Dr. Angel completed her PhD at University College London in collaboration with the Science Museum in December 2013, on the Wellcome Collection’s historical collection of 300 preserved tattooed human skins.
Her current research coheres around themes of memory, tactility and the affective force of human remains, particularly in relation to medical collections, human skin and the European tattoo. She is interested in medical and criminological discourses surrounding European tattooing, and the role that collections of preserved tattoos have historically played in the enactment of these discourses. Practices of marking, excising and preserving human skin in European medical-scientific contexts are at the core of her research, which deals with the both the symbolic power of the flayed skin, and its practical use in the fabrication of objects such as book covers, garments and display items. Methodologically, Angel is interested in exploring the intersection of ethnography and historiography, particularly in relation to the production of new historical knowledge.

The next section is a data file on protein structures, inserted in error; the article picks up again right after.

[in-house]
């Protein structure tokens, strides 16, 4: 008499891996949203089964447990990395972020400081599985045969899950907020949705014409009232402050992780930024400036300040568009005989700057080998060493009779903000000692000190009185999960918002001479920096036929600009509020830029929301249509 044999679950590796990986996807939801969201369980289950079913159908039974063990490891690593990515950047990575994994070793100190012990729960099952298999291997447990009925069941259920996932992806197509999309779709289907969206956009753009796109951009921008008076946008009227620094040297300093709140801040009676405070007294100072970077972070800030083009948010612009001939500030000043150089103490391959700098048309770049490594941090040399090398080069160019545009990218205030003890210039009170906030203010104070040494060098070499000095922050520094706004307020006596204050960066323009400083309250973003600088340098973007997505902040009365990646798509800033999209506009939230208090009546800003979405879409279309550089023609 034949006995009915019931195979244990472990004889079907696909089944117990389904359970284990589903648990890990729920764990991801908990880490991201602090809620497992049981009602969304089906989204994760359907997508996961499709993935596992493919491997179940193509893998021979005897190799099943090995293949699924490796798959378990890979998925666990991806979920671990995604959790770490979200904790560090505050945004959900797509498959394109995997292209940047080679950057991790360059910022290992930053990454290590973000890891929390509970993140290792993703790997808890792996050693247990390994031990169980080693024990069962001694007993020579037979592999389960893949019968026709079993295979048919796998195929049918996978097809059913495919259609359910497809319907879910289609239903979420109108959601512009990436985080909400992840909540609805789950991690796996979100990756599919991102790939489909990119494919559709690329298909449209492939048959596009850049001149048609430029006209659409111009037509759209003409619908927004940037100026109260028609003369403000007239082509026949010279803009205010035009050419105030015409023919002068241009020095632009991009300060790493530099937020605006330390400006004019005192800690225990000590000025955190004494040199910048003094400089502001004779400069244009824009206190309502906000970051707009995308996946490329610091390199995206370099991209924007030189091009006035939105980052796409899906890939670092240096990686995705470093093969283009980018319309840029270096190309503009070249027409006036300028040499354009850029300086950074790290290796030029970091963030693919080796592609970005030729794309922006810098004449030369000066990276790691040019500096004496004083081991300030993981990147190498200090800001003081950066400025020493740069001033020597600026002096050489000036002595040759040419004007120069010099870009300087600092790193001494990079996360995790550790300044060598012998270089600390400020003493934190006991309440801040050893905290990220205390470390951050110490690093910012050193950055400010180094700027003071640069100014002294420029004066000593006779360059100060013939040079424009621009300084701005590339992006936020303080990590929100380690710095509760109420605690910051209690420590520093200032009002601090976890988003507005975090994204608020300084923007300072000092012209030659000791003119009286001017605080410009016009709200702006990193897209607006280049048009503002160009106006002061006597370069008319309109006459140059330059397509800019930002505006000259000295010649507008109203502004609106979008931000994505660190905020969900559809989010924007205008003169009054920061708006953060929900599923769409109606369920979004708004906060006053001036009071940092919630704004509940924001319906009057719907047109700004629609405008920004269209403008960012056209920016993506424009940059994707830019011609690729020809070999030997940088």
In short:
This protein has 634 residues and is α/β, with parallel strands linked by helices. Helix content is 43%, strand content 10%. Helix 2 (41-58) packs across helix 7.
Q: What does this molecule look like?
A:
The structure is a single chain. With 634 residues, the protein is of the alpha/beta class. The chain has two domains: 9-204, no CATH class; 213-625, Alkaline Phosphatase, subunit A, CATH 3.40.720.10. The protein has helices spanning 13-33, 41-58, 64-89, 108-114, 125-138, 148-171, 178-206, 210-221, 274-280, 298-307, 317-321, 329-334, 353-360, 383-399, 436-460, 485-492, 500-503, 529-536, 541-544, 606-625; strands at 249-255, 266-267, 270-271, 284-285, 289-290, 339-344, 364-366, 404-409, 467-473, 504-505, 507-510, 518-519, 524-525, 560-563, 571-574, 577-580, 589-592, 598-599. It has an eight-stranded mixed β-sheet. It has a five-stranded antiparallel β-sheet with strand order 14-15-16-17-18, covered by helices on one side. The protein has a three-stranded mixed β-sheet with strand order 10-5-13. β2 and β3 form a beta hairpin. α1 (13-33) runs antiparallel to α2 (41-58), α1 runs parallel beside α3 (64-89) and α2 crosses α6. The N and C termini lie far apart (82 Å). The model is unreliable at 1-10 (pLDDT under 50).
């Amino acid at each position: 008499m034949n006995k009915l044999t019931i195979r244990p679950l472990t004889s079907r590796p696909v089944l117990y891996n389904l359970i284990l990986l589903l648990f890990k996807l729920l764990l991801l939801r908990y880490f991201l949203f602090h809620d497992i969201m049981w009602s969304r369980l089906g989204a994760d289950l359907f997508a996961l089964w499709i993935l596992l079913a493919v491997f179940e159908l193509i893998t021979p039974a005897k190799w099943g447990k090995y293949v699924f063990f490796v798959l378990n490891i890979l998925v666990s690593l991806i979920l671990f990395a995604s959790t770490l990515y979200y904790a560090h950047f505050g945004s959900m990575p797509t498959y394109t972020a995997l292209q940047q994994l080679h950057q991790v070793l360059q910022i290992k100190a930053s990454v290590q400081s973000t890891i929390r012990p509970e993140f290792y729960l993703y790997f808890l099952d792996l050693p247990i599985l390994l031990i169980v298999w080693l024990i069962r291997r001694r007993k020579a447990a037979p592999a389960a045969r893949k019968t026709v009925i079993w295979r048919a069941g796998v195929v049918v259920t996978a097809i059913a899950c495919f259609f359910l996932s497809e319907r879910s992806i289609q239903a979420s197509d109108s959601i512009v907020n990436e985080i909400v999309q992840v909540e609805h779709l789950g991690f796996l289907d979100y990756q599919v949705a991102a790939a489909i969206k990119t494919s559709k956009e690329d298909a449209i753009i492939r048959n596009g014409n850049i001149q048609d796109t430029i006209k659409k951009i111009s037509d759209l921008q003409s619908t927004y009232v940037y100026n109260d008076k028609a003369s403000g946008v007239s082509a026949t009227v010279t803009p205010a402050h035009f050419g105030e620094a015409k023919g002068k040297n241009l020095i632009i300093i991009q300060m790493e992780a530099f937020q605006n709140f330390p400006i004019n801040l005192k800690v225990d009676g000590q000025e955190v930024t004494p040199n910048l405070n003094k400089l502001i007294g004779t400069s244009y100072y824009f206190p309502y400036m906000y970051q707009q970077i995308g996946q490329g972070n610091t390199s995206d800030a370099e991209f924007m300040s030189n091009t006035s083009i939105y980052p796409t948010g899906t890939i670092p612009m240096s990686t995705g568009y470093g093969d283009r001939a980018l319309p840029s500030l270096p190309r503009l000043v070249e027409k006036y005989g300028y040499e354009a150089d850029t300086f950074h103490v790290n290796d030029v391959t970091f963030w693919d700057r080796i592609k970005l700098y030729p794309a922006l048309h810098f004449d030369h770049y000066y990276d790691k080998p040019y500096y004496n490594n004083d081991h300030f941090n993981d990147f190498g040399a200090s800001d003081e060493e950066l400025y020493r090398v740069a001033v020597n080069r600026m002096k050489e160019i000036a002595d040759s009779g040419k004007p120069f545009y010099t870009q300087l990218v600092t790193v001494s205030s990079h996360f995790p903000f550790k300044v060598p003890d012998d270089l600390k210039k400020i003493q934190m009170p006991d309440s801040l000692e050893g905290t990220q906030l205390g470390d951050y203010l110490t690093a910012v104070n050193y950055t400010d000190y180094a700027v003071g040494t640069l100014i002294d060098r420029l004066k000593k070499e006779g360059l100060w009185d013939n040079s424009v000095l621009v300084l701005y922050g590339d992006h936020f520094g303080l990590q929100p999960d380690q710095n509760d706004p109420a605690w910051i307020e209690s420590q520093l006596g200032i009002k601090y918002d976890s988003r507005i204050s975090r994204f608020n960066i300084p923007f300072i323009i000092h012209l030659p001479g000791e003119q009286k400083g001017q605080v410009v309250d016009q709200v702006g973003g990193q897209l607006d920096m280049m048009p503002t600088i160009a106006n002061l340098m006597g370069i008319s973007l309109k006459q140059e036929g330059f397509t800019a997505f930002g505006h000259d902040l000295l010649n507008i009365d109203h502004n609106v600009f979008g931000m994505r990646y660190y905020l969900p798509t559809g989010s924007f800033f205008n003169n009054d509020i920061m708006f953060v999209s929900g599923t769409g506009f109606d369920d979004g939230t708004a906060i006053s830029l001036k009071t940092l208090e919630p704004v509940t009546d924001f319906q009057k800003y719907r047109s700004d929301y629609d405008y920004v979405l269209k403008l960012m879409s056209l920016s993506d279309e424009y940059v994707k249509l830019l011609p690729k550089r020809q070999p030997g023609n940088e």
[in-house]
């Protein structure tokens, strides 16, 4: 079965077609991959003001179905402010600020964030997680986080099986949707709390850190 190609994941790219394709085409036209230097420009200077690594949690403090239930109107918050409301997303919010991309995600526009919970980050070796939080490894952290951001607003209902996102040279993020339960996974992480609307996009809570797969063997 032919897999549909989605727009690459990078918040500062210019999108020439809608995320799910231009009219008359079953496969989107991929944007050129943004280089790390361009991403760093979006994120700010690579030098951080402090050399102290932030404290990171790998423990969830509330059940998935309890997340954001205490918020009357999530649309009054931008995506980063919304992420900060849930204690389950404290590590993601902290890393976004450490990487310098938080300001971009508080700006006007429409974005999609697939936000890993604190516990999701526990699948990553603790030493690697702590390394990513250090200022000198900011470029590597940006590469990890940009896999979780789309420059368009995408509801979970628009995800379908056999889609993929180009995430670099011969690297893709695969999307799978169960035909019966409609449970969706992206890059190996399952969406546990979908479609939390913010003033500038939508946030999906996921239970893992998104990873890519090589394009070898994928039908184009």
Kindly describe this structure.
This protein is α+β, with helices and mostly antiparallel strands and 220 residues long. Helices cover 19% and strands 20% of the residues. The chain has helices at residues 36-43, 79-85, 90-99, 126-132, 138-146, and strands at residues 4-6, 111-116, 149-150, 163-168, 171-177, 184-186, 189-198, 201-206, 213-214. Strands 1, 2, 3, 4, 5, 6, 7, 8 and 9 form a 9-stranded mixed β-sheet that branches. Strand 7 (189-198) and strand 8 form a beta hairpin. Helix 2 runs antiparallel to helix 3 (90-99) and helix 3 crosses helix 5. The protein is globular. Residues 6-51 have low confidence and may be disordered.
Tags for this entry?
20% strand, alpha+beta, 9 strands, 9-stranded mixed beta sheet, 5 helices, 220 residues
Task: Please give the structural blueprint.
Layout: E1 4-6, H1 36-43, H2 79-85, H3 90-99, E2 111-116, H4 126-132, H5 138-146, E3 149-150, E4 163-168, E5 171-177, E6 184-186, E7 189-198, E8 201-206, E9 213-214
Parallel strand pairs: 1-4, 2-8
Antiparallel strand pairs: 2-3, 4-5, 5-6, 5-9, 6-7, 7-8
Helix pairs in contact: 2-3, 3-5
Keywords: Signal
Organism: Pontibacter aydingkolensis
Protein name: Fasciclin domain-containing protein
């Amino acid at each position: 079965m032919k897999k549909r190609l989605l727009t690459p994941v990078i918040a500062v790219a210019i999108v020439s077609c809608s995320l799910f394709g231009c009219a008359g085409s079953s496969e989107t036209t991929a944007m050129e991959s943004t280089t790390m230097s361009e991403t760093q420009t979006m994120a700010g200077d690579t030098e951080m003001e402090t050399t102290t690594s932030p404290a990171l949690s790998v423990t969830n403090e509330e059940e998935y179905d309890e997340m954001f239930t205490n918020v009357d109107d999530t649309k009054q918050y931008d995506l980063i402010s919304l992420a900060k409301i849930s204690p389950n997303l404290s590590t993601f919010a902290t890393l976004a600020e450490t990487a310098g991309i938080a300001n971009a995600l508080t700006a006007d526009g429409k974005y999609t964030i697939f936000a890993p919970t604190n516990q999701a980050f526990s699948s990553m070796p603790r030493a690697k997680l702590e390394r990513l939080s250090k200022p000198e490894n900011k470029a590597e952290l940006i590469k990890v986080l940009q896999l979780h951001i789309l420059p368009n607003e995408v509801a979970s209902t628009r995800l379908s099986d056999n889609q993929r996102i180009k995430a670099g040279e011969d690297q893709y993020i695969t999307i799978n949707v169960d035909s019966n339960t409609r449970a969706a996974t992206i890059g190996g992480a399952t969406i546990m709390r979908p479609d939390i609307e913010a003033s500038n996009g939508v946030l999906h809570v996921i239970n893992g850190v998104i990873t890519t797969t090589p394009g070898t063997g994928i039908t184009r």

Dr. Angel is currently a Society Fellow at Cornell University Society for the Humanities, working on the research theme Skin from August 2016 ~ July 2017. Her project explores the history and practices of flaying in art, myth and medicine.